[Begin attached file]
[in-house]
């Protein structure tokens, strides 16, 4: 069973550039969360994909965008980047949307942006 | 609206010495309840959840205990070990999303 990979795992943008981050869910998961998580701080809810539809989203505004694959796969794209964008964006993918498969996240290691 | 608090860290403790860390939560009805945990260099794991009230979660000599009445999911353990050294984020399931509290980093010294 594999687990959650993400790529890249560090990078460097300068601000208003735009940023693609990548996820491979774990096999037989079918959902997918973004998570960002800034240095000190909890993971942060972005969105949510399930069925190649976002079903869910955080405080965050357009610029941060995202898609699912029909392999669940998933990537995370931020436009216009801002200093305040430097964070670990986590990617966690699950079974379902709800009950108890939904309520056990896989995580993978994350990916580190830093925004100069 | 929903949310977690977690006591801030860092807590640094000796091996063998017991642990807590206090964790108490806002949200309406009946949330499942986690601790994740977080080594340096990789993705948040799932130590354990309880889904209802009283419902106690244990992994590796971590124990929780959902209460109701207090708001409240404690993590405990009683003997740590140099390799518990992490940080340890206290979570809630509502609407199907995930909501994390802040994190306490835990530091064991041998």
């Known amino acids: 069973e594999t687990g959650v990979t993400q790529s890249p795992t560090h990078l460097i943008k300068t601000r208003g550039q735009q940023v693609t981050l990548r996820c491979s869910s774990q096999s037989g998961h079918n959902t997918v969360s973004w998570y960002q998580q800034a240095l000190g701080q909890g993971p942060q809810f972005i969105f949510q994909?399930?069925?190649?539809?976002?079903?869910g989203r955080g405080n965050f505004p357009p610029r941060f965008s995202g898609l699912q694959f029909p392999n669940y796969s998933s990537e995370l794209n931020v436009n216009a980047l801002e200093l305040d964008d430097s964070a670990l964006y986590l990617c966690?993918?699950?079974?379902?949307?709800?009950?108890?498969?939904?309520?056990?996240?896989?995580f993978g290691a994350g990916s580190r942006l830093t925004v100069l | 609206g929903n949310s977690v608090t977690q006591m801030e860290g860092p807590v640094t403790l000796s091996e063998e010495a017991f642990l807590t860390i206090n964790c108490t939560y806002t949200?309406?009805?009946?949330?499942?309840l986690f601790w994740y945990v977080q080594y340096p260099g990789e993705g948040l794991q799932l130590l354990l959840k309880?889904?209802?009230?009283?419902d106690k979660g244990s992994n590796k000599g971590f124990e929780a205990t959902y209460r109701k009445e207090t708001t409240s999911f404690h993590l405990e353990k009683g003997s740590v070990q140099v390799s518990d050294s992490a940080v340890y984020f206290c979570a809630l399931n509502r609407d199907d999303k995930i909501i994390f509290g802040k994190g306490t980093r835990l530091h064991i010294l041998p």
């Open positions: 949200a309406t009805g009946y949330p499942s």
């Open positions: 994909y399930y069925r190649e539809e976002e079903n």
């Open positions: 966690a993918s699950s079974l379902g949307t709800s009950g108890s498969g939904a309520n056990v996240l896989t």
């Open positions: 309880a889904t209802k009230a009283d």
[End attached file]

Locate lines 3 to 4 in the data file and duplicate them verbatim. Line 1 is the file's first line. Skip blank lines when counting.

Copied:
């Known amino acids: 069973e594999t687990g959650v990979t993400q790529s890249p795992t560090h990078l460097i943008k300068t601000r208003g550039q735009q940023v693609t981050l990548r996820c491979s869910s774990q096999s037989g998961h079918n959902t997918v969360s973004w998570y960002q998580q800034a240095l000190g701080q909890g993971p942060q809810f972005i969105f949510q994909?399930?069925?190649?539809?976002?079903?869910g989203r955080g405080n965050f505004p357009p610029r941060f965008s995202g898609l699912q694959f029909p392999n669940y796969s998933s990537e995370l794209n931020v436009n216009a980047l801002e200093l305040d964008d430097s964070a670990l964006y986590l990617c966690?993918?699950?079974?379902?949307?709800?009950?108890?498969?939904?309520?056990?996240?896989?995580f993978g290691a994350g990916s580190r942006l830093t925004v100069l | 609206g929903n949310s977690v608090t977690q006591m801030e860290g860092p807590v640094t403790l000796s091996e063998e010495a017991f642990l807590t860390i206090n964790c108490t939560y806002t949200?309406?009805?009946?949330?499942?309840l986690f601790w994740y945990v977080q080594y340096p260099g990789e993705g948040l794991q799932l130590l354990l959840k309880?889904?209802?009230?009283?419902d106690k979660g244990s992994n590796k000599g971590f124990e929780a205990t959902y209460r109701k009445e207090t708001t409240s999911f404690h993590l405990e353990k009683g003997s740590v070990q140099v390799s518990d050294s992490a940080v340890y984020f206290c979570a809630l399931n509502r609407d199907d999303k995930i909501i994390f509290g802040k994190g306490t980093r835990l530091h064991i010294l041998p």
């Open positions: 949200a309406t009805g009946y949330p499942s």